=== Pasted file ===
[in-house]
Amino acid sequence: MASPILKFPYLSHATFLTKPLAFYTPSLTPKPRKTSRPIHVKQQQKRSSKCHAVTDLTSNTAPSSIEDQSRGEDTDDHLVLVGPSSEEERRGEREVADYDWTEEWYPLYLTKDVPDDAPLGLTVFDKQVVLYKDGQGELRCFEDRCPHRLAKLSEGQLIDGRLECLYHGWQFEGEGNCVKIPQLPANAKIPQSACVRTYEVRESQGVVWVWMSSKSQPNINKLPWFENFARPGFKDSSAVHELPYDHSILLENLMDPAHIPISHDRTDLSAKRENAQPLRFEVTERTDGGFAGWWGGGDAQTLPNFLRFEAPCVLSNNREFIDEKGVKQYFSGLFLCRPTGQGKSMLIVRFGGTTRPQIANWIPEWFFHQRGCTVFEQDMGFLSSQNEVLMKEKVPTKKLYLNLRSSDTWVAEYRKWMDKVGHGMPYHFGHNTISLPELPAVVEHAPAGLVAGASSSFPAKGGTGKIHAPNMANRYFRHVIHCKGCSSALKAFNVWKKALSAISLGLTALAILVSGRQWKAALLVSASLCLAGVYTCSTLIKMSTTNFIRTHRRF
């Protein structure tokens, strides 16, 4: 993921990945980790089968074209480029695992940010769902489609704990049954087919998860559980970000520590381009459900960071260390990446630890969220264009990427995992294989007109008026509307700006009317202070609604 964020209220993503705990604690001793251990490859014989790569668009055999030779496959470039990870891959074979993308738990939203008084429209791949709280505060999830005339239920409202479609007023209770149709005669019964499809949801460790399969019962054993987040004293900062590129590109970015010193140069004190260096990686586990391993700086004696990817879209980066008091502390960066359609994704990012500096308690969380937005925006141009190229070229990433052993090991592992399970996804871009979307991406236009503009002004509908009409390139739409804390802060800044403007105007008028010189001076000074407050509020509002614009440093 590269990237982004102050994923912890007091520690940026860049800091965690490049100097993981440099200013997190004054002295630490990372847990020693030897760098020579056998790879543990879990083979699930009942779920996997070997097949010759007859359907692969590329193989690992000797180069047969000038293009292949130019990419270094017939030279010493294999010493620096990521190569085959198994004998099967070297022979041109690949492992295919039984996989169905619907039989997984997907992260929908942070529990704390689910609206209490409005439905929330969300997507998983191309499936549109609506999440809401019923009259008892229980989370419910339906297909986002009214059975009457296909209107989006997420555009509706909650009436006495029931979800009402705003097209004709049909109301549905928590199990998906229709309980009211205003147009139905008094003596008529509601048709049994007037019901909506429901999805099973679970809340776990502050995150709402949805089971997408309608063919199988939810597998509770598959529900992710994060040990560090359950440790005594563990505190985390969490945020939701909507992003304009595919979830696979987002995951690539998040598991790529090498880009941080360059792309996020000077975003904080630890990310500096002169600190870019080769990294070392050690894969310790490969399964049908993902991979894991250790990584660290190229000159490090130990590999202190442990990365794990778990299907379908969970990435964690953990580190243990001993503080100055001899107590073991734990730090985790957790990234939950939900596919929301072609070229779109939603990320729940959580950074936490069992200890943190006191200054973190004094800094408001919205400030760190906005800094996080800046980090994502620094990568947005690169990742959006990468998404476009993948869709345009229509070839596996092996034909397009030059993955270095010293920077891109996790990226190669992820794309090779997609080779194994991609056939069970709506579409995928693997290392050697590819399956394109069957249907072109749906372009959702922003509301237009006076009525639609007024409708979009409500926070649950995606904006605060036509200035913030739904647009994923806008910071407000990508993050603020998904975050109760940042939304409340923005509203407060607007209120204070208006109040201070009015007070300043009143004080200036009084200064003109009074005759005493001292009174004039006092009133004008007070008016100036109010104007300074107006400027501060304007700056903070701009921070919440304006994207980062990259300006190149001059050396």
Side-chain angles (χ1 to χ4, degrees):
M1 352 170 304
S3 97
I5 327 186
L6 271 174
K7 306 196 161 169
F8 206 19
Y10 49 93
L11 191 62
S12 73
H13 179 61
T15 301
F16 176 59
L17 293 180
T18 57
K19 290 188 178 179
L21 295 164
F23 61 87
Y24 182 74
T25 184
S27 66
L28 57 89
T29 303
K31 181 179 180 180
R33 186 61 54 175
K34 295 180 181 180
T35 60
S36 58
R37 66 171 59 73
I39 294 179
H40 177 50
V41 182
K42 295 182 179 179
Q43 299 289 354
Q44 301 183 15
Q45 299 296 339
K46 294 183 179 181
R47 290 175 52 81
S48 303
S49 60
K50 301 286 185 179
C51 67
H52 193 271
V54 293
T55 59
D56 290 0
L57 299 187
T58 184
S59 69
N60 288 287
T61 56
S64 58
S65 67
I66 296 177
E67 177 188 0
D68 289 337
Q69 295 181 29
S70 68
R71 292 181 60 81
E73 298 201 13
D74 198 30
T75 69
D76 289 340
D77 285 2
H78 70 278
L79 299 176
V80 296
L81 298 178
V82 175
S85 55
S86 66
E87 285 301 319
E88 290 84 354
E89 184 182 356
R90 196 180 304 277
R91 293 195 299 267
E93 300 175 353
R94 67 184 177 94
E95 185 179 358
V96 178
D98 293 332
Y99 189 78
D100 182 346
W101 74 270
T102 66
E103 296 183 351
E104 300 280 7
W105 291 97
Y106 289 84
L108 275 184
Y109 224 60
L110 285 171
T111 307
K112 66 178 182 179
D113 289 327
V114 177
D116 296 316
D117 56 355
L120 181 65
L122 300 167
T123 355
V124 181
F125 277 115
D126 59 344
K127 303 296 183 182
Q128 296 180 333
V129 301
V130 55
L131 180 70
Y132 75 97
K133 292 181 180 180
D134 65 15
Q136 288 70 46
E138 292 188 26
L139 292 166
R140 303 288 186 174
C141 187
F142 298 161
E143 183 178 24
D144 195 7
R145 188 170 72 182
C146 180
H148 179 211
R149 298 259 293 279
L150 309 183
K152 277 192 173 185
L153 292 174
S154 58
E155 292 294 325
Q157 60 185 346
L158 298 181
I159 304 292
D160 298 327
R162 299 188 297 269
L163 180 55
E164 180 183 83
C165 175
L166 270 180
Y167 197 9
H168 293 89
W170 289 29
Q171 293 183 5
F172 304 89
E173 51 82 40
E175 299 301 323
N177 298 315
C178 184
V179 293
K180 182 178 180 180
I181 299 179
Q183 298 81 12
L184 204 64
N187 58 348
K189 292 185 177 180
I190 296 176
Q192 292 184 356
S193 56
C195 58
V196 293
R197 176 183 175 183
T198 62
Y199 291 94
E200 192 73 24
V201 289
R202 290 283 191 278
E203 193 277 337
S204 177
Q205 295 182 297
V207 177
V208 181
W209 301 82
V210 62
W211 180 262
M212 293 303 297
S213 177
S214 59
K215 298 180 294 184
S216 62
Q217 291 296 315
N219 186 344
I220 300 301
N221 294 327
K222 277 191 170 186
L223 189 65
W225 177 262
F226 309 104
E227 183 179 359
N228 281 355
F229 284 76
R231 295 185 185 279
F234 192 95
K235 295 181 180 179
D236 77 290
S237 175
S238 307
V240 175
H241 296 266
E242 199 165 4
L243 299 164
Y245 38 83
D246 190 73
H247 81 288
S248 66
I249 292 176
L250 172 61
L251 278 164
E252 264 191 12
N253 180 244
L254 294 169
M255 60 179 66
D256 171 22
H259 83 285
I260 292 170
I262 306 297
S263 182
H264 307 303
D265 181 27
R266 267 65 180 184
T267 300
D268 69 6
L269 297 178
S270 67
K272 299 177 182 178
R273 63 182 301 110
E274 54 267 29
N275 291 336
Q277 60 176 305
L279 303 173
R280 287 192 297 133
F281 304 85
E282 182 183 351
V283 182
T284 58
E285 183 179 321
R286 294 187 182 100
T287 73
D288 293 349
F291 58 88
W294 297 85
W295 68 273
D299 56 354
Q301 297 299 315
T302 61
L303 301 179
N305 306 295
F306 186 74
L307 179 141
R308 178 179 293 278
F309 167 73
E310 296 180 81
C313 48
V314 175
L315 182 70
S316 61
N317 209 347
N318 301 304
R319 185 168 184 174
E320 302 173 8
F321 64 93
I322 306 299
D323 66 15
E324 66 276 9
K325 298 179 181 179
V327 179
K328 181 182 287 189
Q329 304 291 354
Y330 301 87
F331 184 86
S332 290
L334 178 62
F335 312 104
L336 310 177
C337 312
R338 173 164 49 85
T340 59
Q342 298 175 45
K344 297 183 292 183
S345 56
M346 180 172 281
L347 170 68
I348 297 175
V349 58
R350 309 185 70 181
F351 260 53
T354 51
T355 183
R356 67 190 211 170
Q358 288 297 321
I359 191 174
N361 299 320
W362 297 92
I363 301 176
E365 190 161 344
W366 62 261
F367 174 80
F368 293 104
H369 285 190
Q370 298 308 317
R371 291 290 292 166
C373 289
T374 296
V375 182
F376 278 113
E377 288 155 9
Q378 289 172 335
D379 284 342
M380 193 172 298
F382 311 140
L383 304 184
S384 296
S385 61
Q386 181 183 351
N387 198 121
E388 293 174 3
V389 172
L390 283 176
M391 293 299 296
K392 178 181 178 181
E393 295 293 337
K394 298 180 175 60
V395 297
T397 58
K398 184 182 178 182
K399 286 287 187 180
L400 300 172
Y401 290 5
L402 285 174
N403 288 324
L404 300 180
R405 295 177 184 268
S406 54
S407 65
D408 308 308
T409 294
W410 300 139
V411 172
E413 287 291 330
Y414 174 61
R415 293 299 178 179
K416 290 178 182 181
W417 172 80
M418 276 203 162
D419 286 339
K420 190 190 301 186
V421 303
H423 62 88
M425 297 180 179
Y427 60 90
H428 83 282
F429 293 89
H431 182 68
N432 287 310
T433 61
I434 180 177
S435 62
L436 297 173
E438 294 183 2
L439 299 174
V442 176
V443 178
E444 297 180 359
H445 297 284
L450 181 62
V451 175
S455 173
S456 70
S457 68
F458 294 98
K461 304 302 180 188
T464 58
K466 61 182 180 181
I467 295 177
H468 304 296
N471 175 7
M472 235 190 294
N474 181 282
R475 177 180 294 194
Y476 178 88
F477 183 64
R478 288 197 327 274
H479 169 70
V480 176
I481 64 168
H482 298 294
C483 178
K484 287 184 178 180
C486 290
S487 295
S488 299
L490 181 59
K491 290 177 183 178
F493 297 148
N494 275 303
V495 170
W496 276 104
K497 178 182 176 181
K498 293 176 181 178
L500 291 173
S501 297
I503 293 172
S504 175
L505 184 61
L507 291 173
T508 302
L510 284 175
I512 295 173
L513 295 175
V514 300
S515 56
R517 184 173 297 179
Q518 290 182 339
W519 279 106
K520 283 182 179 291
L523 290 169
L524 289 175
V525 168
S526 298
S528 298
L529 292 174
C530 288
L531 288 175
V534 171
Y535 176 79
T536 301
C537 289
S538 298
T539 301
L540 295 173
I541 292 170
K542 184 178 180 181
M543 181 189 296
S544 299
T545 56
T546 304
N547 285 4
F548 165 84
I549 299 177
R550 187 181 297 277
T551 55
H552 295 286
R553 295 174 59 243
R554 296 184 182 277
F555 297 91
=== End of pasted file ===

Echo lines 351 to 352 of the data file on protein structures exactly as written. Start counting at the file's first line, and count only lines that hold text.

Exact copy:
Y427 60 90
H428 83 282